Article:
Bodmin Moor
North Cornwall
Atlantic Coast
South Cornwall
The Lizard Peninsula
Roseland Peninsula
South East Cornwall
Cornish Riviera
Isles of Scilly
Legends Of Arthur
Cornish Language
Pirates, Smugglers
and Wreckers

The Cornish Riviera

Cornish Riviera
Antony House
Boconnoc House
Dupath Holy Well
Ince Castle
and Gardens

Kingsand and

Kit Hill
Looe Island
Monkey Sanctuary
Mount Edgcumbe Country Park
Pentillie Castle
And Gardens

Polperro Museum
Port Eliot
Rame Head
Restormel Castle
Roche Rock
St Germans
St Keyne Holy Well
St Winnow
Talland Bay
Trematon Castle
Whitsand Bay

Antony House

Anthony HouseAntony House is a handsome eighteenth century house, reputed to be one of the finest Queen Anne buildings in the West Country, is set in an attractive location overlooking the Lynher River.

The house has been the home of the wealthy and aristocratic Carew family since the fifteenth century and is now in the ownership of the National Trust. It was given to the Trust by Sir John Carew Pole in 1961, on the provision that the family could continue to reside there for the next fifty years. Sir Richard Crew-Pole and his family still occupy the house.

Antony House was constructed between the years 1711 and 1721 for Sir William Carew. The house is faced with silver-grey Pentewan stone, with two wings constructed of brick joined to to the central block with colonnades.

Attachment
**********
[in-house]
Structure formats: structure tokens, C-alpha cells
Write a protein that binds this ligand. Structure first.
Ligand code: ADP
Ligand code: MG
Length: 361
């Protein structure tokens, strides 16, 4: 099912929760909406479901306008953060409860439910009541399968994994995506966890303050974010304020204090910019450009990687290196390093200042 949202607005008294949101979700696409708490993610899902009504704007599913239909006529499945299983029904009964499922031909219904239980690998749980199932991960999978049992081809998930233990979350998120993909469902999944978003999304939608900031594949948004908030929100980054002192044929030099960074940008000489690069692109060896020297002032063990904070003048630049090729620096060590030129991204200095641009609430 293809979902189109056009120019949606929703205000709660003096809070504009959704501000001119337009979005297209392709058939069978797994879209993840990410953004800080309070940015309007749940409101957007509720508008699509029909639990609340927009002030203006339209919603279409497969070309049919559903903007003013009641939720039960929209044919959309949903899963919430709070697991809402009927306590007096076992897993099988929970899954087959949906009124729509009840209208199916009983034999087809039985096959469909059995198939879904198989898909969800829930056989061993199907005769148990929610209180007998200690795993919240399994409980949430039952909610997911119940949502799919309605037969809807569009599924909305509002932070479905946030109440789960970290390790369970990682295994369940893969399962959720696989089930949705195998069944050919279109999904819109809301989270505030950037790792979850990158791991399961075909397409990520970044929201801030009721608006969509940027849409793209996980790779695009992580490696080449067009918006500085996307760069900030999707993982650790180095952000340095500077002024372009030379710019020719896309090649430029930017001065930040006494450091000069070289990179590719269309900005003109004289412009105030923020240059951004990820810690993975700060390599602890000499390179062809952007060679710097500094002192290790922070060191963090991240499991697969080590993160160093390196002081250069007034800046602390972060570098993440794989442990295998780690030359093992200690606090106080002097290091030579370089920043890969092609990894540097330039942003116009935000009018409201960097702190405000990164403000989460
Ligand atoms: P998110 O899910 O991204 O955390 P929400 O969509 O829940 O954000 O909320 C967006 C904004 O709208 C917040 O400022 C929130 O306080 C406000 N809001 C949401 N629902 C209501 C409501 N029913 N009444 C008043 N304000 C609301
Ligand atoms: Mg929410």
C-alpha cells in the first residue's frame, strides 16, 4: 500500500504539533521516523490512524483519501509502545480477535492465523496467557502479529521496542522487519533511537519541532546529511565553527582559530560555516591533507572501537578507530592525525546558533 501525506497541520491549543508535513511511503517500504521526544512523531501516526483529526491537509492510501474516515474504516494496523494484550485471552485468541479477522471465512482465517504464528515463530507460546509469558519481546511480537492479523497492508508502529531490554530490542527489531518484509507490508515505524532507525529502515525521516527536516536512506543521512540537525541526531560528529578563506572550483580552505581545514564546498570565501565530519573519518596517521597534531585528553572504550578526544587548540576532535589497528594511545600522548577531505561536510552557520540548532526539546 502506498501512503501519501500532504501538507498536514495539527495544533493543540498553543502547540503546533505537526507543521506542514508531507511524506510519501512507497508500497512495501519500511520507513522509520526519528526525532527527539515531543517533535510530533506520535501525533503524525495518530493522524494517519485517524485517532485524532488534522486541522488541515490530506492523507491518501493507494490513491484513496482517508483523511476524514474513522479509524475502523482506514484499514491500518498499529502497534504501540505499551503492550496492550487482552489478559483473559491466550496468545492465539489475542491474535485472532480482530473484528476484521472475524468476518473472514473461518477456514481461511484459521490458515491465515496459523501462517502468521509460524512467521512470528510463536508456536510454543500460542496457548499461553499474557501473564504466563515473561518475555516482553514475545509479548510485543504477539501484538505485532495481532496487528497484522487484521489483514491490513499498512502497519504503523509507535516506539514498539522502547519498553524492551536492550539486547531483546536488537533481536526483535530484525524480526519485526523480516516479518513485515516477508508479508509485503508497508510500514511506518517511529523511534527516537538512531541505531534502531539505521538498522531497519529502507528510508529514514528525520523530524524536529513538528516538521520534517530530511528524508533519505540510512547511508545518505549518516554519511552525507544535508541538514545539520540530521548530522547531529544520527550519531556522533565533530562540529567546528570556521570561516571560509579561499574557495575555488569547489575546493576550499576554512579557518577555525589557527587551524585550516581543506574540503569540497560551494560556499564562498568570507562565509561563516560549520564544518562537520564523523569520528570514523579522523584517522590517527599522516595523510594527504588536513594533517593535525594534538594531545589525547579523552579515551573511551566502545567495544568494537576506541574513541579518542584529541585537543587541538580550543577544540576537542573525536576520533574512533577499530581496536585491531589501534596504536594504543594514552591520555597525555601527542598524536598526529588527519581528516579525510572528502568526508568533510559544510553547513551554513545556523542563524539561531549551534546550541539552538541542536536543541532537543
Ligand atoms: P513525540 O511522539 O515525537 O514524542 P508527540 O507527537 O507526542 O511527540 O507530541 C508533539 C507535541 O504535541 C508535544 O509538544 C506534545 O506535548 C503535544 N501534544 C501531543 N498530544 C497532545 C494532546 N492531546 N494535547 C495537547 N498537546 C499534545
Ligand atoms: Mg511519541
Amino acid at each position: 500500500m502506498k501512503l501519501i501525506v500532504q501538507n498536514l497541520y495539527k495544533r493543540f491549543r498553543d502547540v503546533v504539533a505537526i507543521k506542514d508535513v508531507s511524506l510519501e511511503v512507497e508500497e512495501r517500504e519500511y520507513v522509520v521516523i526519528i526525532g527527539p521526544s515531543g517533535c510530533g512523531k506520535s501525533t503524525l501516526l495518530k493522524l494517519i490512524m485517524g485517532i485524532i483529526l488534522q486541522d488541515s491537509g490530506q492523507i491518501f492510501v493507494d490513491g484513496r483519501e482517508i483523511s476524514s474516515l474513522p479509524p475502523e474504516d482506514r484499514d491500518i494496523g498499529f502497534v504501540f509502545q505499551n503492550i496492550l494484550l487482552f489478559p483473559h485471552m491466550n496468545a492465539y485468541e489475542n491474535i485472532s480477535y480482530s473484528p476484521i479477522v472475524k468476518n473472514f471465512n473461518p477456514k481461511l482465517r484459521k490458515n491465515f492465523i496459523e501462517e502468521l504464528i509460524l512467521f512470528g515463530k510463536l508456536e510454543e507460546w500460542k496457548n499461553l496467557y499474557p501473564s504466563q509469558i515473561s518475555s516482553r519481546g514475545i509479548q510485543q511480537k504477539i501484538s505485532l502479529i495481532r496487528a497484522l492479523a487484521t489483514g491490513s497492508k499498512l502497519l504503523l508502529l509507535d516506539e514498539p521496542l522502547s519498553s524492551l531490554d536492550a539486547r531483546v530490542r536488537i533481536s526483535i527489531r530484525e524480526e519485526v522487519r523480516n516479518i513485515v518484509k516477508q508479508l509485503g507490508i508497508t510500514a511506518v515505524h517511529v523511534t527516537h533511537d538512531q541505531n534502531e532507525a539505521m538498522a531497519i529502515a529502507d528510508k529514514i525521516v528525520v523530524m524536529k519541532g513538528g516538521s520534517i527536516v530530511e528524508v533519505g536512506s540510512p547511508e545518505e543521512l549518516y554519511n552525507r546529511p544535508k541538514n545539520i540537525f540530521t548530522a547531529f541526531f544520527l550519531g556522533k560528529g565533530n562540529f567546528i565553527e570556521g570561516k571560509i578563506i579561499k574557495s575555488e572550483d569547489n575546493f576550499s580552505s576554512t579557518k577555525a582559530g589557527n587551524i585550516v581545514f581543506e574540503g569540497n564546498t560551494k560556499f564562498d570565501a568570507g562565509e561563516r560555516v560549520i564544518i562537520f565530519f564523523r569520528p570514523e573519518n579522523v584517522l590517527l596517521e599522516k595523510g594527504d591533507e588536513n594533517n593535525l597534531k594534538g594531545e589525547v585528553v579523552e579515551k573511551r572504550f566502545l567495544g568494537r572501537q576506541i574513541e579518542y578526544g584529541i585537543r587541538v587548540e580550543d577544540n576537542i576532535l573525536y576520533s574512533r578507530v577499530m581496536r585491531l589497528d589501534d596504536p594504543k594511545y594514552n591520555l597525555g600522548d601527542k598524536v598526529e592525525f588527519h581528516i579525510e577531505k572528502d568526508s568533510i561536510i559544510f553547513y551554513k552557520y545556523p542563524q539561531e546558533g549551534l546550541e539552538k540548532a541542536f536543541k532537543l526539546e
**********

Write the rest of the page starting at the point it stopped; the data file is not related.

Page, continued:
The house contains a superb collection of portraits, which includes the famous portrait of King Charles I at his trial, as well as works by Joshua Reynolds Among the portraits is that of Rachel Carew, who provided inspiration for Daphne du Maurier's 'My Cousin Rachel '.

Anthony HouseThe elegant rooms at Antony House are heavily panelled in Dutch Oak and contain fine collections of eighteenth century furnishings and tapestries.

Surrounding the house are 25 acres of superb formal gardens, which were established in the eighteenth century and designed by the renowned Georgian garden designer, Humphrey Repton. Hedges of topiary and yew were added in 1800.

The gardens include the national collection of day lilies (Hemerocallis) and have an excellent collection of highly colourful rhododendrons, azaleas and camellias, they also include a beautiful black walnut tree, a Japanese ornamental pond, a formal courtyard and terraces, a knot garden and an eighteenth century dovecote.

The attractive woodland garden, which is not the property of the National Trust, but remains in the ownership of the Carew Pole Garden Trust, posseses some superb Magnolias and offers woodland walks to the visitor which extend down to the River Lynher with attractive views across the river. The Bath Pond Garden House dates back to 1789.

Historic Buildings in Cornwall